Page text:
October 26, 2022 / by TSC
The top 5 emerging issues in Agriculture
COP27 will dedicate an entire day to adaptation and agriculture this year.
As agriculture and food systems are responsible for 1/3 of all greenhouse gas emissions, they need to contribute to the Paris Agreement to help fight the climate crisis.
What are the emerging issues in Agriculture today?
We monitored and mapped current issues today to find the top emerging issues in this sector.
2022 has been the year for agricultural innovation. Across the board, major players have been making great strides towards digitalisation, automation and regenerative practices. After all, it’s the nature of our industries to strive for greater technological advancement to challenge our limits and disrupt our markets. But, the transformation we are seeing goes beyond beating the competition. There is a fundamental need to face emerging issues in agriculture that threaten our food systems. Problems that demand greater resilience from our crops, larger yields, superior management capabilities among many operational challenges upstream and downstream producers face.
1. Food Security
News in agriculture & food systems in 2022 has been largely marked by a globally deteriorating food security situation.
- An unprecedented megadrought in America has seen farmland around the Colorado river becoming unproductive due to lack of moisture, and it doesn’t look like it will be a temporary issue.
- Extreme heat experienced in China weakened food production over the summer.
- Europe experienced the worst drought in hundreds of years.
- The war in Ukraine triggered a grain crisis.
- In East Africa, 90% of wheat imported comes from Russia and Ukraine with the ongoing situation putting 82 million people in need of food aid.
What does food security mean?
Food security as a concept originated in the mid-1970s. Originally focused on food supply problems, the concept was expanded over the years and defined in 2001 as “Food security [is] a situation that exists when all people, at all times, have physical, social and economic access to sufficient, safe and nutritious food that meets their dietary needs and food preferences for an active and healthy life”.
2. Fertiliser Supply Disruptions
Natural Gas has been in short supply since Russia cut off gas supplied to Western Europe. Instrumental in the production of ammonia, large suppliers such as Yara and BASF had to scale-back production or cease operations entirely at some plant locations as output decreased by two thirds across Europe in response to the lack of supply.
As Russia accounted for 40% of global potash production and 20% global nitrogen production, global supply will continue to be constrained beyond 2022.
The trickle-down effect will result in many small hold farmers unable to boost crop yields without these key chemicals. The solution to such a large supply deficit still remains unclear but the United Nations are attempting to broker a deal with Russia that would see a resumption of ammonia exports.
Russia and Ukraine are key global exporters of grain, while Russia is also one of the largest exporters of fertilisers.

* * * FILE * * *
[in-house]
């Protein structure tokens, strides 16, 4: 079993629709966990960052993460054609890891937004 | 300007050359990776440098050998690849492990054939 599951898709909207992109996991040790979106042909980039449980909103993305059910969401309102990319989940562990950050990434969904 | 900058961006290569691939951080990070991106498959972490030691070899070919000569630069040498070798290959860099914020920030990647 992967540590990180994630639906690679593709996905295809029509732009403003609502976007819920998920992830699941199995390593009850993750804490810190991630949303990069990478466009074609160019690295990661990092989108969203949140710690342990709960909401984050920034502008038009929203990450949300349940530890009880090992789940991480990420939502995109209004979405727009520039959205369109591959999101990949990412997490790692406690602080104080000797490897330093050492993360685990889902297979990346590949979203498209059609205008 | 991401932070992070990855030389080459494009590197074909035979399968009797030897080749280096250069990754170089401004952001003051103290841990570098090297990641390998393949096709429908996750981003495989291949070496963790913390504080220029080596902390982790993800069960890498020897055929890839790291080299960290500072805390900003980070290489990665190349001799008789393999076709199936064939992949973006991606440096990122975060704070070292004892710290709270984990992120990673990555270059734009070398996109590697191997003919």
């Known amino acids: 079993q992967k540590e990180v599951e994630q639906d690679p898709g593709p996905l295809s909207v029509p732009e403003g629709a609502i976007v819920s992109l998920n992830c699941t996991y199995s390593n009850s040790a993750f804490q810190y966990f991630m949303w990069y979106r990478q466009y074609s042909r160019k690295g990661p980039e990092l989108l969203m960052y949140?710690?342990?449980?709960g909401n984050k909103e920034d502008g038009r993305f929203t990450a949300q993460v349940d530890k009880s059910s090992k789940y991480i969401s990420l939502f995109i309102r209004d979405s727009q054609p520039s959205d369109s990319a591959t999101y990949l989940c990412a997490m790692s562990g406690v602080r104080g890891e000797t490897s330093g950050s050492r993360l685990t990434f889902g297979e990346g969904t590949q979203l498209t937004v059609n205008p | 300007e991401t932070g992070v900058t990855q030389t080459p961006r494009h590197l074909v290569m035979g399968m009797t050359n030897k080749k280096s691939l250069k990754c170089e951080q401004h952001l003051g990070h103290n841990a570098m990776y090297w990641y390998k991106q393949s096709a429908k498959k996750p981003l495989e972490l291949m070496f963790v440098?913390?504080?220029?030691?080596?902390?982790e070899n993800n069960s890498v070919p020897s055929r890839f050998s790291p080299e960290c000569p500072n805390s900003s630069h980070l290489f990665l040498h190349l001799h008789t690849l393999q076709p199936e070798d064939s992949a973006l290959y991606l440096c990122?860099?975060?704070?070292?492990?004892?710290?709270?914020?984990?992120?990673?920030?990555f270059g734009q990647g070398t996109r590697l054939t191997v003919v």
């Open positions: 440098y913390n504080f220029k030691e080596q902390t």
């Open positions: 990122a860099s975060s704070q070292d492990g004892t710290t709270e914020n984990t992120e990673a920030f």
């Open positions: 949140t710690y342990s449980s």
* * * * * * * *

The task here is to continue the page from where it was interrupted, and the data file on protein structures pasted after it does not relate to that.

Prices have increased for all commodities both upstream and downstream in the process.
- Chemicals required for fertiliser production, such as ammonia, surged from $700 to $1,300 USD per tonne
- Food prices have seen inflation above 5% in almost all countries, according to the World Bank.
Action has been taken to help ease the growing cost with the United Nations pushing strongly for a reduction in fertiliser prices and the World Bank making $30 billion available for food systems development that targets climate-smart agricultural practices, market access and resilient agricultural production.
The USDA has also made efforts to quell the rising prices for fertilisers by providing $500 million USD in grants for local fertiliser companies to increase production and supply to local markets, bringing down the price. Without the capability to continue or increase crop yields there may be a potential shortage looming.
4. Climate Change
In May 2022, The World Meteorological Organisation announced there was a 50:50 chance that the annual global temperature would temporarily increase by 1.5°C. A massive shift in odds compared to only a 10% chance from 2015-2021. Were this to happen, food shortages would become a much more common occurrence as crop output could potentially decrease by more than 25%.
This worsening climate change adds pressure to food production, which already needs to increase by 70% by 2050 as a result of population growth.
But, at the same time increasing production volume here would increase Greenhouse Gas emissions more so than the 25-30% upstream and downstream processes in food systems already contribute to. An issue that requires careful consideration to overcome.
5. Farmable Land
Supermarket aisles that are never depleted, foodstuffs and amenities at our fingertips near constantly, no need to wait or concern for where the next meal is coming from. Such a thing is considered the norm these days in many parts of the world. But this abundance does not come without a cost as we might be depleting our stock of fertile farm-ready land at a rapid rate.
Every year, an area of arable land greater than the size of England is abandoned, meaning ever more rainforests or savannah need to be ploughed up to replace this loss. With this land degradation, The United Nations have calculated that arable land loss is 30 to 35 times higher than the historical rate, and that over 12 million hectares of land is lost each year to desertification, as the soil erodes, vegetation is lost and the ground turns to sand.
While restoration is possible, it can take 500 years for 2.5 cm of soil to form, compared to the measly few years it takes to destroy it. More sustainable practices may be required to guarantee an output that can safeguard our food concerns.